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On my new site I want to cut spam by limiting users to a maximum of 2 posts per hour (this may change to allow more but for now its 2) I devised a method for this using cookies, however, for some reason the site isn't setting the cookie, here's my code for the cookies:

    $sql = "INSERT INTO mysql_table (timestamp,entry,uid,allowcomments) VALUES ('$timestamp','$entry','".rndTxt(16)."','$allowcommenting')";

    $result = mysql_query($sql) or print ("Can't insert into table.<br />" . $sql . "<br />" . mysql_error());

   if ($result != false) {

        if(isset($_COOKIE['AnonPost']))
        {
        $hour = time() + 3600; 
        setcookie("AnonPost", "2", $hour); 
        }

        else {
        $hour = time() + 3600; 
        setcookie("AnonPost", "1", $hour); 
        }

        print "<meta HTTP-EQUIV='REFRESH' content='0; url=index.php'>";
    }

     mysql_close();

And then a later if/else statement checks to see if it exists, and what the value is (if it doesn't exist they see the site as normal, if it does and the val=1 then it displays a message saying only one post left, and if the val=2 they get a message saying they've run out of posts this hour.)

This works on my localhost, but not on the site itself (http://aviatex14.co.uk/anonpost/ ) any idea's why?

Aside from that, I'm aware that this is not the best way to limit the posts, so, can anyone help me with limiting the form submission, or advise me on my cookie problem?

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You may want to look into better ways to handle spam. Limiting posts per hour will hinder real users more than spammers. –  dqhendricks Oct 18 '11 at 21:19
1  
Also, cookies can easily be deleted. –  dqhendricks Oct 18 '11 at 21:26
    
Hmmm, that had occurred to me, but this is a temporary whilst we sort the bigger stuff out. I wonder, do you think php sessions that limit it to more like you have to wait 60/120 seconds after each post before you can post again would work? It's more to stop human spammers posting continuously –  AviateX14 Oct 18 '11 at 21:32
    
how do you know they are humans and not bots? –  dqhendricks Oct 18 '11 at 21:43
    
I have a system to stop bots in place already, those that break through the filter can be dealt with separately, however humans can complete the anti spam, and then post, and can continue to do so. That's what I need to limit. –  AviateX14 Oct 18 '11 at 21:46
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3 Answers 3

up vote 6 down vote accepted

To reduce spam there are many methods

A captcha system. http://www.google.com/recaptcha

Email confirmation during account creation.

Spam recognition during post. Looks for spammy keywords.

Honeypot fields in forms. This uses CSS to hide a honeypot input field on each form. If the request comes to the server with that field filled in, you know a bot submitted the form and can ignore the request.

Reputation system like the one on stack exchange. You only give users permission to do certain things once they have built up a certain amount of repution.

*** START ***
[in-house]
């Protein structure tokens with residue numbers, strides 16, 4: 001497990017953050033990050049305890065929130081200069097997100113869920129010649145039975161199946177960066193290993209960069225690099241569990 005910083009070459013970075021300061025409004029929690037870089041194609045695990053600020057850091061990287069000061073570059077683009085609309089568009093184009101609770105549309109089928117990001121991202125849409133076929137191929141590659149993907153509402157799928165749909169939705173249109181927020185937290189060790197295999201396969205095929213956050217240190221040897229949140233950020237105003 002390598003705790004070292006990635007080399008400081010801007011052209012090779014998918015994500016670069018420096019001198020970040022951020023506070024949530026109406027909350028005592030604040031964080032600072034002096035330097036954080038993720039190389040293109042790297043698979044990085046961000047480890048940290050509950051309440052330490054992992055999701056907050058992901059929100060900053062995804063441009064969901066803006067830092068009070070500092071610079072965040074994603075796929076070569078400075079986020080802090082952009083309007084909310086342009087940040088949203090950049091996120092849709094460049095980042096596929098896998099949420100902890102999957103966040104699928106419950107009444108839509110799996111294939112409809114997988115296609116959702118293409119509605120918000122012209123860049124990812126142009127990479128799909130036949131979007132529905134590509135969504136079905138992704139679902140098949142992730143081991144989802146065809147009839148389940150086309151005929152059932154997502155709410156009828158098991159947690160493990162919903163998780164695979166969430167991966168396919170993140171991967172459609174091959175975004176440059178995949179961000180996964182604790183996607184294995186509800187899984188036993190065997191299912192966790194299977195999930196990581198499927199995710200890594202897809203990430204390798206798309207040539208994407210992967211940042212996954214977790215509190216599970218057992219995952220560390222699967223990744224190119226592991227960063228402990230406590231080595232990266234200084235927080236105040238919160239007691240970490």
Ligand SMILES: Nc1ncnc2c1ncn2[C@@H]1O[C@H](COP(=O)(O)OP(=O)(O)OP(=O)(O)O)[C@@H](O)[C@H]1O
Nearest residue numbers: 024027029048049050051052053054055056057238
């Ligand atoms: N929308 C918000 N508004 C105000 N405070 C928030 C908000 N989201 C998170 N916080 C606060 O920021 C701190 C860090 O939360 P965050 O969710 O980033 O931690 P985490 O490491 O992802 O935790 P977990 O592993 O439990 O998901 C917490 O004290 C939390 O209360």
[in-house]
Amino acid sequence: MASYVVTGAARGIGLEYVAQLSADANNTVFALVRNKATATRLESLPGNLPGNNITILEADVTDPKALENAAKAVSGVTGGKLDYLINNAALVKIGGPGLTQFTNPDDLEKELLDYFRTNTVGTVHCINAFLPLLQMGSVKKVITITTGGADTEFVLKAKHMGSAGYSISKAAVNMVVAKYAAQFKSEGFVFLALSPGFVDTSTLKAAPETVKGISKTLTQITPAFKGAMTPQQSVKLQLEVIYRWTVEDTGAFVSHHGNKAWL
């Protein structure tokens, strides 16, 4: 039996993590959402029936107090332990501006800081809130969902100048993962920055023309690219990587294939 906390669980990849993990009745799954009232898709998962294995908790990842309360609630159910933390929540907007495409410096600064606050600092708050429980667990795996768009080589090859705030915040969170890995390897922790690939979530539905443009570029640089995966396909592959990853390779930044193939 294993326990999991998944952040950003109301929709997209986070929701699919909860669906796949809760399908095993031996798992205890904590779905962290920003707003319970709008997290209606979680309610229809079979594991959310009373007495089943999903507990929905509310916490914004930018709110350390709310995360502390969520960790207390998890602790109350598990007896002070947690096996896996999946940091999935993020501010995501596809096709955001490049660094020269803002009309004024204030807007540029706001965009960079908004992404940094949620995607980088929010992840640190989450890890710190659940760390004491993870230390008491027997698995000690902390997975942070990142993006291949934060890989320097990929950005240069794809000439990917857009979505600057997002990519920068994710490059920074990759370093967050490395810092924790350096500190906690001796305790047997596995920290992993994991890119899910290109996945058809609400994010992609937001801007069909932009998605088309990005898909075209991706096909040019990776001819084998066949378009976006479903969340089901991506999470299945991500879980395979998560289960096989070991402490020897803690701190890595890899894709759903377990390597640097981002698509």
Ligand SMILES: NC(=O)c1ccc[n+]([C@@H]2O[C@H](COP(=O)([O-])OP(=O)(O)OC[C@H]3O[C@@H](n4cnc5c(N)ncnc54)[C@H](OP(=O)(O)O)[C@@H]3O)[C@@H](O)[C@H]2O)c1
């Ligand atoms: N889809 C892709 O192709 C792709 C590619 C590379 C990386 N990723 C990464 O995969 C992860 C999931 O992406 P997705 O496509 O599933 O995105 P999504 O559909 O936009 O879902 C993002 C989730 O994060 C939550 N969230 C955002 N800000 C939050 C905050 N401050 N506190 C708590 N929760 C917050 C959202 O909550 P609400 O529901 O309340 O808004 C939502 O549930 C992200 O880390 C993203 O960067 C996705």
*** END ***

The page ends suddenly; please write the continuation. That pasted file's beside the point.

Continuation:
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Awesome post, i'd add that the honey pot should be something out of the $_SESSION array that is random so bots can't just fire vars to the $_POST. –  mister koz Oct 18 '11 at 21:52
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Consideration 1: in order to set a cookie, it needs to be done before ANY HTML is sent to the page (so it's got to be right at the top of your script, along with session_start).

Consideration 2: speaking of session_start, you might want to consider setting a $_SESSION variable, rather than setting a cookie.

  • they're easier to use and deal with
  • the user can't modify them, aside from destroying the php session cookie (but then they're going to log back in, and you can check again at that point)
  • you can set/modify/remove them at any point after starting the session, rather than remembering to set a cookie before any call to "print" "printf" or "echo"
  • you're lowering your header-bandwidth - always a good thing
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Doesn't necessarily have to be at the top of the script, just as you said, before the body of the response. You can use output buffering to allow cookies and other headers to be set anywhere (although this should be avoided if possible for performance reason). –  Michael Mior Oct 18 '11 at 22:32
    
Absolutely. I don't want to make it sound like it's the first thing that needs to be done, however, all too often, it's the culprit that somebody thinks they have time, and 4 includes in, there's a print or an echo somewhere. And buffering would work, but that's a big jump for a little task. –  Norguard Oct 18 '11 at 22:35
    
hehehe, very true. I've certainly been burned by that one before :) –  Michael Mior Oct 19 '11 at 13:10
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Using cookie (because it is stored on client side) is not a safe way to set a limitation. The user will be able to change it easily so you should try a server side method.

Here you can simply count a user's posts from your database. Something like this will give you number of posts of a user in the last hour :

select count(*) from mysql_table where uid='$uid' and timestamp > (DATE_ADD(now(), INTERVAL -1 HOUR););
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